After much consideration, I have decided to leave the instrument panel to mature naturally but in order to stop it looking brand new and too bright, it needed to be slightly distressed. An orbital sander generates a smooth finish that *could* be polished to a high shine, but I chose instead to merely create a mild satin finish that looks like it was polished at some time in its life. It was then waxed which will be occasionally repeated over the coming years.
The next challenge was to necessary to meet MSA (Motor sports Association) regulations – competition cars need a master battery on-off switch accessible from outside the car. Seeing as the Falcon will not have a roof, I can mount this on the instrument panel but I wanted it to look old. The answer of course was to manufacture an on-off designation plaque out of brass and then antique it. A few designs were played with in a digital drawing application and a final solution chosen. The design was transferred to a small brass plate using the technique I developed before when I manufactured the coach-builders plate for Bespoke Bodywork.
Below you can see the plate in its etched form with the mounting hole cut to shape for the actual switch. What followed was a lot of cutting and filing to get to the finished form.
At this point the plate has only been slightly distressed to look ‘used’.
The switch rotates clockwise about 90 degrees from off to on and for a moment I will use the provided control knob with the addition of an engraved white line on one surface to indicate whether the switch is off or on. This was simply achieved by using a triangle profile file and filling in the groove with white paint.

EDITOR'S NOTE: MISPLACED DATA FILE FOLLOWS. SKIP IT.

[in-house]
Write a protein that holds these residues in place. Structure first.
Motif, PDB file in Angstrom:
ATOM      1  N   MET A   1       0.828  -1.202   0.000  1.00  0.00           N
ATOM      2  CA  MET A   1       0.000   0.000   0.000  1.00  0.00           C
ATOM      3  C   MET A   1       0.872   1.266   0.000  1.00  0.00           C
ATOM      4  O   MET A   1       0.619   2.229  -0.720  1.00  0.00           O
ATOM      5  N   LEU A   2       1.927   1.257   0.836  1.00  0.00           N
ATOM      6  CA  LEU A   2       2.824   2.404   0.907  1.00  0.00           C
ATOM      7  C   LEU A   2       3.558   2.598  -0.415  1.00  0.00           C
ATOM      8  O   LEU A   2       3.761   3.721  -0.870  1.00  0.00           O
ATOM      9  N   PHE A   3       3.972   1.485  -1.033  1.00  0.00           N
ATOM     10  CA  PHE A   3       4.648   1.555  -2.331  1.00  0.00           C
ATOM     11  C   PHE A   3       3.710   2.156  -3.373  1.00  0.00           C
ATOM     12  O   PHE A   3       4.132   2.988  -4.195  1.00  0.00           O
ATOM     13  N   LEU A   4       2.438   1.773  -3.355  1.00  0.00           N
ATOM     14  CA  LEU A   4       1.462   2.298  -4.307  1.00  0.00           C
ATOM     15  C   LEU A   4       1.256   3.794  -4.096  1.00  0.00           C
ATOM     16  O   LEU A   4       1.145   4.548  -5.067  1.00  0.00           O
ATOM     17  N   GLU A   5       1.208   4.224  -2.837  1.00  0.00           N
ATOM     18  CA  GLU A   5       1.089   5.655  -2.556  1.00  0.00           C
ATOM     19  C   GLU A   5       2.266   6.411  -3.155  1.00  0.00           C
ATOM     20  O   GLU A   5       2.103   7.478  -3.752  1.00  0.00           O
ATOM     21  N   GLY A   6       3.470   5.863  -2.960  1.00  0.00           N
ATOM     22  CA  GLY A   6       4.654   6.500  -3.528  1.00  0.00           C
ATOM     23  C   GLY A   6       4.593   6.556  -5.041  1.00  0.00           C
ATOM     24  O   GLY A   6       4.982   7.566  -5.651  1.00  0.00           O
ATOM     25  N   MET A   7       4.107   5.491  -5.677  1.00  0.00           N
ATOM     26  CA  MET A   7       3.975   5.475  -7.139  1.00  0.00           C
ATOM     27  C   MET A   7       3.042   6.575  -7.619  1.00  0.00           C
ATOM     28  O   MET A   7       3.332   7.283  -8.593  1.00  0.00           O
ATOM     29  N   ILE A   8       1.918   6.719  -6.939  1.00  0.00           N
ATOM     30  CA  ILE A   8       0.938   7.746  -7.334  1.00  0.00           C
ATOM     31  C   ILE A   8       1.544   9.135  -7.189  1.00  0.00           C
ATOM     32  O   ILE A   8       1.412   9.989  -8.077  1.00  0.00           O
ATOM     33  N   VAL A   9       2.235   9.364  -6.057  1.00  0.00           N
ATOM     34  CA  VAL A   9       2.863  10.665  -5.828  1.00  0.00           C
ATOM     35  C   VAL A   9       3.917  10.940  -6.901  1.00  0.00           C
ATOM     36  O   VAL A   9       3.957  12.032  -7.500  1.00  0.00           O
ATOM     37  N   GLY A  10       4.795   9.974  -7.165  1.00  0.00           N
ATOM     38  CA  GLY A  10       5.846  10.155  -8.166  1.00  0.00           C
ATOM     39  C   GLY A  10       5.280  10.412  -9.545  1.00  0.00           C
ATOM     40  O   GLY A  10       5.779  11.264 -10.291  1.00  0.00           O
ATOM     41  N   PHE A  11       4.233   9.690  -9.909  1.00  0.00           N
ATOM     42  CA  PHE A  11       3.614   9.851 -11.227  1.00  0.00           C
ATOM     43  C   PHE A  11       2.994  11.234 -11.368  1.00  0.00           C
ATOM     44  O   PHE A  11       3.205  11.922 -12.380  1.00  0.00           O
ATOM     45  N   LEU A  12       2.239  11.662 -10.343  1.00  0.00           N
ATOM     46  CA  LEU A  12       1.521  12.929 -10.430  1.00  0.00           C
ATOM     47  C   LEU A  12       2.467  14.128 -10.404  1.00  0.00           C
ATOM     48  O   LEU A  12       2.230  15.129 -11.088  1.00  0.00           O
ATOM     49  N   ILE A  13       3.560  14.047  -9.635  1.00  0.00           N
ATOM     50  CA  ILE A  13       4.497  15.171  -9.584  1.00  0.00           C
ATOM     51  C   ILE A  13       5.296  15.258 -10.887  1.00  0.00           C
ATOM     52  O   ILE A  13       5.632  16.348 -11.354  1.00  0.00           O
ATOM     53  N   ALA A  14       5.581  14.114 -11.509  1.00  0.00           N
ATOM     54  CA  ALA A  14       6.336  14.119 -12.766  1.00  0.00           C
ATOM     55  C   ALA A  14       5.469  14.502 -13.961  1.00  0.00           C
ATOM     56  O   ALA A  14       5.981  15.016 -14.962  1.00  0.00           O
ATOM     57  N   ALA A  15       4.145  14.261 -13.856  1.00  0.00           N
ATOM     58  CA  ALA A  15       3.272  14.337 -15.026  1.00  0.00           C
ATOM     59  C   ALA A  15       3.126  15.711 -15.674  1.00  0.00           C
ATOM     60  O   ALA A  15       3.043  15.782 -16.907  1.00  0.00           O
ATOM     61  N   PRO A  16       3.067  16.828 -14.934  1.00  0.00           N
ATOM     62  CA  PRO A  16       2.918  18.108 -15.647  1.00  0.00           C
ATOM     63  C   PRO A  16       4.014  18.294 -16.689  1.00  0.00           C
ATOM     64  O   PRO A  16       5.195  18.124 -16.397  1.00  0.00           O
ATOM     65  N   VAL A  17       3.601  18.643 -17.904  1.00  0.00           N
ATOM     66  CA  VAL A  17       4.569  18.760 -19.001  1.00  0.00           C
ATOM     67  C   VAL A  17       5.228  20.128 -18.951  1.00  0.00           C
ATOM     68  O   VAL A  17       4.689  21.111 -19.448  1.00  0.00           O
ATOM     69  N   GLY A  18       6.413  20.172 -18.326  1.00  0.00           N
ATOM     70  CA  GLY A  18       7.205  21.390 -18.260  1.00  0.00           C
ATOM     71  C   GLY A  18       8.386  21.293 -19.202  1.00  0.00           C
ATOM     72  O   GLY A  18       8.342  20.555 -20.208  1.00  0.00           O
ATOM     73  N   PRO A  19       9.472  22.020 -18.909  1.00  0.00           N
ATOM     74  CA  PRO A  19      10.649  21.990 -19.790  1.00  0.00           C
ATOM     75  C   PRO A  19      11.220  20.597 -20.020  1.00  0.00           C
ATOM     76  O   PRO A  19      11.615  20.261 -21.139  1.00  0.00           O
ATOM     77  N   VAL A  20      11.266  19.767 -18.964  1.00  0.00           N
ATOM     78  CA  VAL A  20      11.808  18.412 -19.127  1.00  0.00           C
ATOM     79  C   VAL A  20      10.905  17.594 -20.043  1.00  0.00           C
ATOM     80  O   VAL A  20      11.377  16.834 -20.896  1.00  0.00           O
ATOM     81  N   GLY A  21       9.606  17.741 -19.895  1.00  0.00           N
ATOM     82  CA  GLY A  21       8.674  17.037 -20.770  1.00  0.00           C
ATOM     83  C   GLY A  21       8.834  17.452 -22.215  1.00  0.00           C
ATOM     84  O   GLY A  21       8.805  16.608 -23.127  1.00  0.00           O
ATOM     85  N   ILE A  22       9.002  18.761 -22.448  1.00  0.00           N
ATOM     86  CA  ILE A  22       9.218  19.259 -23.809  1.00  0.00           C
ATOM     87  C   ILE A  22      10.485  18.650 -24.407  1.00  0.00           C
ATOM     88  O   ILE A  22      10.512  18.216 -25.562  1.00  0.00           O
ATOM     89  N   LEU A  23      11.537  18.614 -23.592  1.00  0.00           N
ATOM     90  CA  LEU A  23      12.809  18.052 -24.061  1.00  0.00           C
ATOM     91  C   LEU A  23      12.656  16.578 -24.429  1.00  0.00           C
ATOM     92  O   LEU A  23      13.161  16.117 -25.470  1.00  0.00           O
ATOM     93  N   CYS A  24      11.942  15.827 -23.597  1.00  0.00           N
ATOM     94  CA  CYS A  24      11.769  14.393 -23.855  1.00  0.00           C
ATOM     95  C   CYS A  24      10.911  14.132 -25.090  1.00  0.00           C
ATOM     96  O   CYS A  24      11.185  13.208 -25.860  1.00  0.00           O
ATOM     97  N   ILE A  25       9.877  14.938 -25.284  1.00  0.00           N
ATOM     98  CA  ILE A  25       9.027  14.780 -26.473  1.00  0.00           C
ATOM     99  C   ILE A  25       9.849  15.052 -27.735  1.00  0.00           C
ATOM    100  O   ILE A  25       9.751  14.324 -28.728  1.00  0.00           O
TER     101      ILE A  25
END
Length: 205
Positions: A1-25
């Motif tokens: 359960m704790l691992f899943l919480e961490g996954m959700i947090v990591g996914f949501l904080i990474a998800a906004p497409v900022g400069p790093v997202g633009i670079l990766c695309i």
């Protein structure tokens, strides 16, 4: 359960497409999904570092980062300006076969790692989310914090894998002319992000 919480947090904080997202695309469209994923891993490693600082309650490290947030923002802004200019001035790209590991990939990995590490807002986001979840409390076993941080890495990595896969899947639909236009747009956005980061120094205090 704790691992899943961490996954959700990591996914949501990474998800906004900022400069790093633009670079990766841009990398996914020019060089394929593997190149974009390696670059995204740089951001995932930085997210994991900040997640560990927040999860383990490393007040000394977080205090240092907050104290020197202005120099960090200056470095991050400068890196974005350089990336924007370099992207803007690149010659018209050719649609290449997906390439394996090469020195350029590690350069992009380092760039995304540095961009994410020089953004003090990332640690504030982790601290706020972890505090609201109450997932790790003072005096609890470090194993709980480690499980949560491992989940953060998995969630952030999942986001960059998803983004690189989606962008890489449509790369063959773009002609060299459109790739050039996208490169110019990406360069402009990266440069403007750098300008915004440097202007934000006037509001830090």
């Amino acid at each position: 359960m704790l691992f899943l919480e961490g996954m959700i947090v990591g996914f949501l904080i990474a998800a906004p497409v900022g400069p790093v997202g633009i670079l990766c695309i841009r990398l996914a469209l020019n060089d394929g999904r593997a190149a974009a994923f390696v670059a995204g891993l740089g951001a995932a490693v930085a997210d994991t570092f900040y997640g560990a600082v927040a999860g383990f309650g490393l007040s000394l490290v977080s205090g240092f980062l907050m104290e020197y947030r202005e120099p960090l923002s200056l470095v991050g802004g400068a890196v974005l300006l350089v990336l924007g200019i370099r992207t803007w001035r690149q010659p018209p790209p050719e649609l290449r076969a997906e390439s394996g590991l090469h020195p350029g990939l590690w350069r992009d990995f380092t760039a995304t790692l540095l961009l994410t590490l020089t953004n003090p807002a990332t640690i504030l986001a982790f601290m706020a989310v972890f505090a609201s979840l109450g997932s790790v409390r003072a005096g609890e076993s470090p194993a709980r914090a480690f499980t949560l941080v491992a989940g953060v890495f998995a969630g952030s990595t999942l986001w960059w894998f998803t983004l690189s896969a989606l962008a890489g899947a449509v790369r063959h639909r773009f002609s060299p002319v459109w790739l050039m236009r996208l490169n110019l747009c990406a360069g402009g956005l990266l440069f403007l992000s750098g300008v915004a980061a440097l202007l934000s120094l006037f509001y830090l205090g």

Below is the completed switch suitably distressed and in the ‘off’ position. Anyone who decides to try the switch whilst we are driving will not be popular – it literally turns off all the electrics…
Next I moved my attention to the key operated ignition switch, which is a new Lucas item used to isolate the ignition and fuel pump. There is a separate start button. The switch is located on a brass washer the same size and shape as the battery isolator. This is a small detail but it ‘looks’ right.
Finally I made a small filler plate to fit beneath the steering wheel and the instrument panel strengthening bracket. The sole purpose of this is aesthetic – it makes the panel look neater. The entire support bracket is removable from the instrument panel just in case I need to remove the whole panel at some time in the future. All that is left now is to distress the small panel so that it is the same colour as the surrounding area.